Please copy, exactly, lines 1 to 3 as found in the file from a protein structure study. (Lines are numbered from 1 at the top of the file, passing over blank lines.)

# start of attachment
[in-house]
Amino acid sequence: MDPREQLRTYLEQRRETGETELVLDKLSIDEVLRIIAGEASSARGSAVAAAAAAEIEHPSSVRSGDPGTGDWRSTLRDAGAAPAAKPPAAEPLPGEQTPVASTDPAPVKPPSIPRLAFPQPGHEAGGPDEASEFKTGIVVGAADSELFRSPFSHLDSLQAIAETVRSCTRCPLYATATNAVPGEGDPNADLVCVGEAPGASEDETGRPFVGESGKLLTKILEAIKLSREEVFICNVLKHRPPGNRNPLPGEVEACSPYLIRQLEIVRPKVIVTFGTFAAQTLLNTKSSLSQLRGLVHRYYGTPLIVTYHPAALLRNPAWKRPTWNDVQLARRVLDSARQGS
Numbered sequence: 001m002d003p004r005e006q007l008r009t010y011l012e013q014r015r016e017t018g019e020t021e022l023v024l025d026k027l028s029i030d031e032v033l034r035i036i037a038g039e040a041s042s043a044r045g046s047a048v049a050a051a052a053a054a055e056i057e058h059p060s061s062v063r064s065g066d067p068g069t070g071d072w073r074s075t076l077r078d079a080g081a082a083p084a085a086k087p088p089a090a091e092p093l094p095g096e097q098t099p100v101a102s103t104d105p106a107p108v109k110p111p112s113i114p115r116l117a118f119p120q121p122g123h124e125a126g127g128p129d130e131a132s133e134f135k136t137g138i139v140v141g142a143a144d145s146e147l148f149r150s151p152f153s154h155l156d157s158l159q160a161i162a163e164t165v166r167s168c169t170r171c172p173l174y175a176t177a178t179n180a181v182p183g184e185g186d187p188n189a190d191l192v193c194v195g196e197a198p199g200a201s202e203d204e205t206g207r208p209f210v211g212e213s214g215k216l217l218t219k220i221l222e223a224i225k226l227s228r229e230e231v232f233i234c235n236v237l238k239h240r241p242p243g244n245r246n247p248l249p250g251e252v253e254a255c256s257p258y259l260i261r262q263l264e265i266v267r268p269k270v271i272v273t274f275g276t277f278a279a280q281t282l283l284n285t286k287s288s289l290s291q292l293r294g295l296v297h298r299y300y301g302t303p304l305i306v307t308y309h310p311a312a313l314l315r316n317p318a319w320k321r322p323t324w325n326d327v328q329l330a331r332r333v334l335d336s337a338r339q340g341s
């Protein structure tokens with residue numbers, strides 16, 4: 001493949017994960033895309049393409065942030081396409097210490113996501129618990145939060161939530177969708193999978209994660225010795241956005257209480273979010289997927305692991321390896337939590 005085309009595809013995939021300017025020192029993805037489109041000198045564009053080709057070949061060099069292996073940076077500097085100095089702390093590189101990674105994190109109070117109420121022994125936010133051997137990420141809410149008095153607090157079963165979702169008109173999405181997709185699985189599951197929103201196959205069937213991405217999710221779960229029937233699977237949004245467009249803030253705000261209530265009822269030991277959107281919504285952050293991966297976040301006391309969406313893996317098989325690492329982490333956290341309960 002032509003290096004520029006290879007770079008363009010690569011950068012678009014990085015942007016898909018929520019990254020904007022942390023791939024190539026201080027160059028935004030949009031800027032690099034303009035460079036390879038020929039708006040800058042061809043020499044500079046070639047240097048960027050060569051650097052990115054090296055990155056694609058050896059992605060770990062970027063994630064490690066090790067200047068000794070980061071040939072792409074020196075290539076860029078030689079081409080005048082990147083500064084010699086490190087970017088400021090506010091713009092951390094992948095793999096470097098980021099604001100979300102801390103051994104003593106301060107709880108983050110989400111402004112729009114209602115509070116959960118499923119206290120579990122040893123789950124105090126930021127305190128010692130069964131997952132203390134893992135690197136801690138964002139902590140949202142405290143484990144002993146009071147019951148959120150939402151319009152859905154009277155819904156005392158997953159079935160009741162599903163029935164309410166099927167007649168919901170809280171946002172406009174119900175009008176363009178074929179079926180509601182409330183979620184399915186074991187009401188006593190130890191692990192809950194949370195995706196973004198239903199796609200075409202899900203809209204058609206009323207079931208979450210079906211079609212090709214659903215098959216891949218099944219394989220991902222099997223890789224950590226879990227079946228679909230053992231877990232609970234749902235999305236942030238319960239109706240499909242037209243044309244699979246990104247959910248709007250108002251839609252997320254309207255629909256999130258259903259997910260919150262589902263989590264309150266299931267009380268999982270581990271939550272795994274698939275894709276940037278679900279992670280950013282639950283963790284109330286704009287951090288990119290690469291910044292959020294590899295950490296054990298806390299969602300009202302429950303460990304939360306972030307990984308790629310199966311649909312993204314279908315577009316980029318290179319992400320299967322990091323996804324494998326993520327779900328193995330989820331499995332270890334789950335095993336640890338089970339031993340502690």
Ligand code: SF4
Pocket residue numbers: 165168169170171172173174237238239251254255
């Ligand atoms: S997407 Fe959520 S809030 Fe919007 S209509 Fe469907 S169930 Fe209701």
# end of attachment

[in-house]
Amino acid sequence: MDPREQLRTYLEQRRETGETELVLDKLSIDEVLRIIAGEASSARGSAVAAAAAAEIEHPSSVRSGDPGTGDWRSTLRDAGAAPAAKPPAAEPLPGEQTPVASTDPAPVKPPSIPRLAFPQPGHEAGGPDEASEFKTGIVVGAADSELFRSPFSHLDSLQAIAETVRSCTRCPLYATATNAVPGEGDPNADLVCVGEAPGASEDETGRPFVGESGKLLTKILEAIKLSREEVFICNVLKHRPPGNRNPLPGEVEACSPYLIRQLEIVRPKVIVTFGTFAAQTLLNTKSSLSQLRGLVHRYYGTPLIVTYHPAALLRNPAWKRPTWNDVQLARRVLDSARQGS
Numbered sequence: 001m002d003p004r005e006q007l008r009t010y011l012e013q014r015r016e017t018g019e020t021e022l023v024l025d026k027l028s029i030d031e032v033l034r035i036i037a038g039e040a041s042s043a044r045g046s047a048v049a050a051a052a053a054a055e056i057e058h059p060s061s062v063r064s065g066d067p068g069t070g071d072w073r074s075t076l077r078d079a080g081a082a083p084a085a086k087p088p089a090a091e092p093l094p095g096e097q098t099p100v101a102s103t104d105p106a107p108v109k110p111p112s113i114p115r116l117a118f119p120q121p122g123h124e125a126g127g128p129d130e131a132s133e134f135k136t137g138i139v140v141g142a143a144d145s146e147l148f149r150s151p152f153s154h155l156d157s158l159q160a161i162a163e164t165v166r167s168c169t170r171c172p173l174y175a176t177a178t179n180a181v182p183g184e185g186d187p188n189a190d191l192v193c194v195g196e197a198p199g200a201s202e203d204e205t206g207r208p209f210v211g212e213s214g215k216l217l218t219k220i221l222e223a224i225k226l227s228r229e230e231v232f233i234c235n236v237l238k239h240r241p242p243g244n245r246n247p248l249p250g251e252v253e254a255c256s257p258y259l260i261r262q263l264e265i266v267r268p269k270v271i272v273t274f275g276t277f278a279a280q281t282l283l284n285t286k287s288s289l290s291q292l293r294g295l296v297h298r299y300y301g302t303p304l305i306v307t308y309h310p311a312a313l314l315r316n317p318a319w320k321r322p323t324w325n326d327v328q329l330a331r332r333v334l335d336s337a338r339q340g341s